WISCONSIN: With Biden leading by 0.63%, it is expected that Trump will request a recount in the coming days. While it does not appear that any lawsuits have been raised, many Republicans are calling foul play for a variety of reasons, ranging from an error in the AP vote recording that gave Trump over 19,000 extra votes for a moment before taking them away, to a state law that was changed in June that changed how long a voter had to live in their current residence before voting (from 10 to 28 days).
Outside of these legal challenges, there have been a couple of theories about the election fraud that have gained traction recently, especially given their backing in seemingly sound math. The first is the Benford’s Law idea.
Benford’s Law is an idea from statistics that if you find the leading digit of a set of numbers spread over multiple orders of magnitude, then the leading digit will be “1” almost 33% of the time, “2” around 18% of the time, “3” about 12% of the time, and so forth. A popular right-wing article claimed to have evidence that when counting the votes for Michigan precincts, Trump’s data perfectly matches Benford’s law, whereas Biden’s does not, so therefore there is fraud. There are many problems with this. First, in this article, we can see that the author uses different data sets for his analysis of Trump (616 data points) and Biden (630 data points). We also do not know if this data is sufficiently spread out enough for Benford’s Law to apply. However, there is an even greater problem. Benford’s Law cannot be used to detect election fraud. To quote from a 2011 article titled “Benford’s Law and the Detection of Election Fraud” written by professors at the University of Oregon and the California Institute of Technology, “Its ‘success rate’ either way is essentially equivalent to a toss of a coin, thereby rendering it problematical at best as a forensic tool and wholly misleading at worst.”
The second theory that has gained traction recently comes from a video by Dr. Shiva Ayyadurai, who is running for Senate as a Republican in Massachusetts and has a PhD in biological engineering from MIT. In his video, he claims that by analyzing the results of multiple Michigan counties by individual precinct, as a precinct becomes more Republican, more and more people stray from party line and do not vote for Trump. This happens at a linear rate and he claims that this must be because of a weighted ballot feature that many of these voting machines must include because one voting machine back in 2001 had this feature. He claims that this means that over 138,000 ballots were stolen from Trump. While this seems like it may be a sound argument, many people have problems with this argument. First, these voting machines have weighted ballot features (where, for example, a single vote could count for two votes) so that they can be used at shareholder meetings, where this feature is necessary. Another argument against Dr. Shiva is that his hypotheses that we should expect a constant relationship between party-line Republican voters and Trump voters is wrong. An argument against this is that, given how divisive Trump has been, Republi-cans have a higher probability than normal to not vote for him, so as a precinct becomes more Republican, more people would defect and not vote for him. However, it seems that for now, no evidence has come out to support Dr. Shiva’s claim, although there could be some in the future.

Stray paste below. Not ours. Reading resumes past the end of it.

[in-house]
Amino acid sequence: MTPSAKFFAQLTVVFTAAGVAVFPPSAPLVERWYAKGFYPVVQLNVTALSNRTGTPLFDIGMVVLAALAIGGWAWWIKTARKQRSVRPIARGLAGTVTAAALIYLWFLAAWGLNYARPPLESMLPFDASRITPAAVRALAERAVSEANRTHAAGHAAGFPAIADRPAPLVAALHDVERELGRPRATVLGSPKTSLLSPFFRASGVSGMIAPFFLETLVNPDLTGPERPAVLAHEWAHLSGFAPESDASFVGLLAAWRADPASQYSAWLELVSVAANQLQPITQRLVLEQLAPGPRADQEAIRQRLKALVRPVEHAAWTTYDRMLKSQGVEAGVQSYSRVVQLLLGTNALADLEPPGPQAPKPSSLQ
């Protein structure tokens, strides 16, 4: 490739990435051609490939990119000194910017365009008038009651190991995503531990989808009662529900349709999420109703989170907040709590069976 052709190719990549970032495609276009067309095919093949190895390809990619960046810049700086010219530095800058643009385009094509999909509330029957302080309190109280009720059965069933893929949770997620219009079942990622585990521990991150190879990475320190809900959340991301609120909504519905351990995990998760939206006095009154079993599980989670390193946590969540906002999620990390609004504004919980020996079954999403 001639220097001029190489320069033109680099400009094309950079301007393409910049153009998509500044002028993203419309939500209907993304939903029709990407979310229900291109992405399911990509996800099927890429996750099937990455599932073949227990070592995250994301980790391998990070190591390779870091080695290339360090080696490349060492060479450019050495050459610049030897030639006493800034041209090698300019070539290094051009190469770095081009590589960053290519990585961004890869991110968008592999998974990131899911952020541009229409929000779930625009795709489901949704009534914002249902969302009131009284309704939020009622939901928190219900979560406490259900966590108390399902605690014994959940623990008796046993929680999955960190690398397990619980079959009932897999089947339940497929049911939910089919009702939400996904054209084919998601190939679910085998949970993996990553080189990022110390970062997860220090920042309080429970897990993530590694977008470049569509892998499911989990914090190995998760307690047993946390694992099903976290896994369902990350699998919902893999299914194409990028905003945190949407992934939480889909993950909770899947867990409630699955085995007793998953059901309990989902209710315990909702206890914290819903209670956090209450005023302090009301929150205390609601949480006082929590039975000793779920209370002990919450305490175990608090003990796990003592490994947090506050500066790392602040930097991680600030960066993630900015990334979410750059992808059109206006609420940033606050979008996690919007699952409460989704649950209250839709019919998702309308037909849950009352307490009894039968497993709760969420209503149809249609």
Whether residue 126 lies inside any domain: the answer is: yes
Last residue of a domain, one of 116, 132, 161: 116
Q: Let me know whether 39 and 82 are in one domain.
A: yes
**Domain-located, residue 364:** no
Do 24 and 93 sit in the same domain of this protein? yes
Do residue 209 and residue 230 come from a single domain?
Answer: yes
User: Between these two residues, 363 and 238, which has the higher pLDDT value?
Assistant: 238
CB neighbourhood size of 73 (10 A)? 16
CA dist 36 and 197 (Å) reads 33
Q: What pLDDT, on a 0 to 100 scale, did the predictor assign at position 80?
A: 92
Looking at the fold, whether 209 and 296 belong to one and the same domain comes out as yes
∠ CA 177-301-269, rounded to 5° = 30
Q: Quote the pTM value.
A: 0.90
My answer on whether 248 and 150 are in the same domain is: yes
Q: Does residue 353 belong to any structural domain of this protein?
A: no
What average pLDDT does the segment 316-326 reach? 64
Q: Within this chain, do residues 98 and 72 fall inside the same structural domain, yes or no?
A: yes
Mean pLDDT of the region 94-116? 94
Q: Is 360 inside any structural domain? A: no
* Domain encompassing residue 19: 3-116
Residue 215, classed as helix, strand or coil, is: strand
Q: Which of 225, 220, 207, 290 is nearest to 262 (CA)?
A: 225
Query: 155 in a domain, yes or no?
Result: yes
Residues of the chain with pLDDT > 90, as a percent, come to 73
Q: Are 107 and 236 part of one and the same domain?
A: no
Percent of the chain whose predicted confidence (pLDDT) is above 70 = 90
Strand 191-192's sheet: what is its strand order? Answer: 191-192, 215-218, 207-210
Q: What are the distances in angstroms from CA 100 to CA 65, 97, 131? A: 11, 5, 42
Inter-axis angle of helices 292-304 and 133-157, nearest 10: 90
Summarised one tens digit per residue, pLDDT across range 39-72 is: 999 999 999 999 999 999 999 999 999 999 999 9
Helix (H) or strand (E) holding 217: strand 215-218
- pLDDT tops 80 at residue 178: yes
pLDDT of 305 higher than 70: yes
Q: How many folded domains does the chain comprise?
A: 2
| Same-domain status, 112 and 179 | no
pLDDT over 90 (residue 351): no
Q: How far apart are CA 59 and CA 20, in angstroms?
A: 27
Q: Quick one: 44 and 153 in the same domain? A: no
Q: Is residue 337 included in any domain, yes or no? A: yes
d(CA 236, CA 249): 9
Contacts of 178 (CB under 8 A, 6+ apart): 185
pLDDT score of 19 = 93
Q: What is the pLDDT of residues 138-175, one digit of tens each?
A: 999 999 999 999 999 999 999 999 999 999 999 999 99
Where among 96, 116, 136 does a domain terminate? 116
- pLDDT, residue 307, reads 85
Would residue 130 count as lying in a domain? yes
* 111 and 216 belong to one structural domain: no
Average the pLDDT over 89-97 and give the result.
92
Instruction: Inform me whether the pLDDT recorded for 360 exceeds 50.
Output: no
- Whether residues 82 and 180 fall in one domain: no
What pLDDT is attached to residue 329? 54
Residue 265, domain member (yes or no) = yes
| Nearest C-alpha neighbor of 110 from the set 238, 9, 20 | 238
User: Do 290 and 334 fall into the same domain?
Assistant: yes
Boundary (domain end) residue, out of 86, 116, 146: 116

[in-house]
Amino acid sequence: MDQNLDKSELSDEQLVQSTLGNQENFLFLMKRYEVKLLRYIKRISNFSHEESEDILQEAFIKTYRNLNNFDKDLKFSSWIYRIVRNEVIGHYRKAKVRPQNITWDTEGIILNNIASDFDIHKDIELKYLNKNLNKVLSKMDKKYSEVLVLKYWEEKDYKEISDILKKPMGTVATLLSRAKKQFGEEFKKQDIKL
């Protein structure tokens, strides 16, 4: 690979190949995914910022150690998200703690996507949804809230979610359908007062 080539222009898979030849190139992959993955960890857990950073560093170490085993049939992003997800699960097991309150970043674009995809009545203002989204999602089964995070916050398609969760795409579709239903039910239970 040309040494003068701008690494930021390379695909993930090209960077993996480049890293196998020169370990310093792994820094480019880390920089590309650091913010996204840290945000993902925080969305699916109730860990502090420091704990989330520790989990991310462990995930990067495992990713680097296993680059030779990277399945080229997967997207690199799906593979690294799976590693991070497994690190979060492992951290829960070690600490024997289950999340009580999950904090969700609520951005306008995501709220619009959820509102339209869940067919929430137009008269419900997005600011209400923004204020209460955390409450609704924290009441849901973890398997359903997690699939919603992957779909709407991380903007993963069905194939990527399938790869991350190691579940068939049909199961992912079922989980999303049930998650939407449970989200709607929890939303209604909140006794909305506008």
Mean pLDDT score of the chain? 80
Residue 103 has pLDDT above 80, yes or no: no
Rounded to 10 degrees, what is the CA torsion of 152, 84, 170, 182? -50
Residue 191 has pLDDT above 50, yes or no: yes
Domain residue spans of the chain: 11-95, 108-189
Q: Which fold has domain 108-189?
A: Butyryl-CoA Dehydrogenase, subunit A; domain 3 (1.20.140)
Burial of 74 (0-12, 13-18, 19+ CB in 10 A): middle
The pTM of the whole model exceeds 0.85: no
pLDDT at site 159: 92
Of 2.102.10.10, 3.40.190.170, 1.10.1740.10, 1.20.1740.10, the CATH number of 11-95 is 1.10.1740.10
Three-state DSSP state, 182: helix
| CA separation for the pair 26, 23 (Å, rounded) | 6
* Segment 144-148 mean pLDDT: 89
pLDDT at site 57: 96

In conclusion, this election has played out similarly to how everyone thought it would. Trump has continued his accusations that the election is fraudulent and has been throwing the book at every state that he thinks could flip. Many conspiracy theories have popped up online supporting his claims that the election was fraudulent. Given the evidence that we have now, it appears that it is not. However, anything could happen, and Trump keeps claiming that he has more evidence. Yet as of right now, we don’t know what that evidence is, so all I can leave you with is the fact that this election is far from over and will be one of the most interesting of our lifetimes.